Photo: Bill Roth (r.) being interviewed by Alan Williamson of SYS-CON Radio.

JDJ: So whenever a developer develops that Enterprise solution, if they see a server that is Enterprise enabled, they can be sure that it will come with all the necessary components to support their Enterprise solution.
Roth: Exactly. When something is Java 2 Enterprise Edition branded, you can be assured that JavaServer Pages, servlets and Enterprise JavaBeans will all be there. They'll all be versions, but you can begin to see that it exists. Ultimately we're going to evolve the platform to add more functionality. One of the things we may add to the table, for example, in future releases, will be the Java Message Service. That's something that may find its way into the platform. It's a crucial piece of technology, but I think we want to focus on delivering something that supports Enterprise JavaBeans, JavaServer Pages and servlets.

JDJ: You're talking about the server engines here?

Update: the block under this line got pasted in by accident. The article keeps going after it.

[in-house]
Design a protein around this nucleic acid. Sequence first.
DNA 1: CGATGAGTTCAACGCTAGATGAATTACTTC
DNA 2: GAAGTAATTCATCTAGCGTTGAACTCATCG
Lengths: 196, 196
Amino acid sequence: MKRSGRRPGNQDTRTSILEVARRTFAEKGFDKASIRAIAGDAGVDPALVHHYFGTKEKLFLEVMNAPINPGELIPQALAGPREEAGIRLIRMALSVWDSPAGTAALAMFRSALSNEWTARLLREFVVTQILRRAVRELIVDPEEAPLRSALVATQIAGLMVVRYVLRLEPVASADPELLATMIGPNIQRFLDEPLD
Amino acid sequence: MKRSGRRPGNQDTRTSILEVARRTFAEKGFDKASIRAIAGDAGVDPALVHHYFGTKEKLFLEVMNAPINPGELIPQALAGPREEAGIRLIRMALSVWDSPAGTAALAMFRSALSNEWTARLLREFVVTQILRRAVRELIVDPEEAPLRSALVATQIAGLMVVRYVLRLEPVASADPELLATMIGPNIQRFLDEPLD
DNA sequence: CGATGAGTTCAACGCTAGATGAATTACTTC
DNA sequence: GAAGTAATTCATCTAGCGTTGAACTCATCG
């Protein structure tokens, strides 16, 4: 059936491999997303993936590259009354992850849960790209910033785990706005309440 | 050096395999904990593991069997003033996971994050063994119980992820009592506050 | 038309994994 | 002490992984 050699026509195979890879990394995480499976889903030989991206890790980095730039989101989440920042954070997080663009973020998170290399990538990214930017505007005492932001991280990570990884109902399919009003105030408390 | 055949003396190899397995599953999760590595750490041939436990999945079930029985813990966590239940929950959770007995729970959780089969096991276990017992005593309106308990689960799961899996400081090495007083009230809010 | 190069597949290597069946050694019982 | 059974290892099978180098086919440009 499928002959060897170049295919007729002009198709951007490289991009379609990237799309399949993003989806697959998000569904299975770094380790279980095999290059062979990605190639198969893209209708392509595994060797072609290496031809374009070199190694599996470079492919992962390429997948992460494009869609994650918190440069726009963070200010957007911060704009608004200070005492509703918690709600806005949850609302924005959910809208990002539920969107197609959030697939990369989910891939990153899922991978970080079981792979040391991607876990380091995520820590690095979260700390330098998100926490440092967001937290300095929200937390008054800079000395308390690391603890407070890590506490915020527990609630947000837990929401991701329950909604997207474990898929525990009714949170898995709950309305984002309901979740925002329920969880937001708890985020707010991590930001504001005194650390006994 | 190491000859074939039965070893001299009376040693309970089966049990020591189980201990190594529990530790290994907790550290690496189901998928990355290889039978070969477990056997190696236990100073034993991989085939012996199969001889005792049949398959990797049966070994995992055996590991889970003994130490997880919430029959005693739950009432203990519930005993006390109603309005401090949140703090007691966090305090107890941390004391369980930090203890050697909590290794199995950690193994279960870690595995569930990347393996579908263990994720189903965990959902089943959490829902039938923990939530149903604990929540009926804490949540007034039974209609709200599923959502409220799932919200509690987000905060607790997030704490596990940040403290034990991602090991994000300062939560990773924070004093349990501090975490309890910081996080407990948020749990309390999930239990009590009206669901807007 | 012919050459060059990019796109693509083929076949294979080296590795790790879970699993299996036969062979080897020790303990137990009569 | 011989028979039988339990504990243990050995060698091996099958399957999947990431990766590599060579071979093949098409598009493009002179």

Roth: Yes. Compatibility testing is very important to us. We want to make sure that we don't have any fragmentation in the servlet space. What we're working on and what our engineers are working on is a new tool called JCheck. It's a way to guarantee that you've lived up to the requirements. It's not a compatibility kit, and we still preclude anyone from saying that they're servlet compatible, but it'll be a way to get a relatively good idea of whether developers have all the APIs and if they implement them in the way we say and only the way we say. That's how we ensure write once, run anywhere, and that they behave properly. JCheck is currently under development. We have some nuts and bolts to work on, as well as getting it through the lawyers and licensed properly. We intend to make it a tool, just like the JDBC tests that will be available soon in the public domain in binary form.